Carroll ISD aims to end secret recordings among staff after Holocaust controversy

Carroll ISD in Southlake is looking to make a change after a teacher recorded an administrator using the Holocaust as an example of providing "both sides" for students.

The district wants to make sure teachers don't record in secret anymore.

The school board first discussed this policy last month during a board meeting. They’re taking up the item and are primed to take action Monday.

Essentially what the new rule calls for is making sure no employee "secretly" records any conversation or meeting pertaining to district business without notifying everyone taking part in the conversation that a recording is being made.

Southlake Carroll ISD teachers told Holocaust lessons need 'opposing viewpoints'

The person recording must make sure the recording device is in plain view throughout the entire conversation.

It’s in response to a comment made by an administrator in October, which was secretly recorded by a staff member

The administrator was attempting to explain during a staff meeting about a new law that requires Texas teachers to present different perspectives when discussing controversial issues. But she used the Holocaust as an example, saying if someone has a book about it, they need another book with an "opposing" view.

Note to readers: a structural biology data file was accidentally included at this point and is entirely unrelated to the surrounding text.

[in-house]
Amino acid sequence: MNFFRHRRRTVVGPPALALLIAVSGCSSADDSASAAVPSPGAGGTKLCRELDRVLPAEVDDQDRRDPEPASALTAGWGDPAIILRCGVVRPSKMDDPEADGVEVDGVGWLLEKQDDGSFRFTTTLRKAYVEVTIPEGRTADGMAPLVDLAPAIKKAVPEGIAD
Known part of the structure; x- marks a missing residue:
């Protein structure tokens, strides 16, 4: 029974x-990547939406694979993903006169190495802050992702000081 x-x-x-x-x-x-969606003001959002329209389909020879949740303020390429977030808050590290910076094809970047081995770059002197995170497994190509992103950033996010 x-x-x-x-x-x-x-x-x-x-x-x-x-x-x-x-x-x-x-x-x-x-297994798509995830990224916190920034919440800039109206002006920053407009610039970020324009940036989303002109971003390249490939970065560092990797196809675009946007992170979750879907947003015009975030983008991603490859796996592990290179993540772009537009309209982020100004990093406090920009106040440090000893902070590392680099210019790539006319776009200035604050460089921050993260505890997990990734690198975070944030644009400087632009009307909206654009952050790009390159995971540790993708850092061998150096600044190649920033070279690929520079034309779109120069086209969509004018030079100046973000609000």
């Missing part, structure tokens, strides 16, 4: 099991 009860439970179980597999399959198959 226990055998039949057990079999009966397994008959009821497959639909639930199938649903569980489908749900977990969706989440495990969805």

Ahead of the board’s discussion, Carroll ISD mom Laura Durant spoke out against the law.

"The purpose is to remove books that might cause discomfort for some students. I wasn’t aware that all topics were supposed to be comfortable," she said. "I doubt Black people were comfortable being sold as property. I doubt the Holocaust was comfortable for the millions of Jewish people sent to concentration camps."

Carroll ISD has faced close scrutiny over the last few years, starting in 2018 with students using the n-word in a video, a failed attempt at a cultural competency plan and recently federal investigations into racial and gender complaints.

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Steven Poole with the United Educators Association says he believes the district is sensitive to all of that negative publicity and says the move to ban secret recordings is for PR.

"It is a terrible situation in Southlake Carroll," he said. "They are rightfully upset by everything that’s going on, and they feel that they are under attack and what the school district is trying to do by prohibiting any recordings is just trying to stifle any more bad news coming out of the district."

Poole says without that secret recording, we may have never heard the administrator’s Holocaust comment, which he calls nonsense. His advice for the board is to work on building back trust amongst its teachers.

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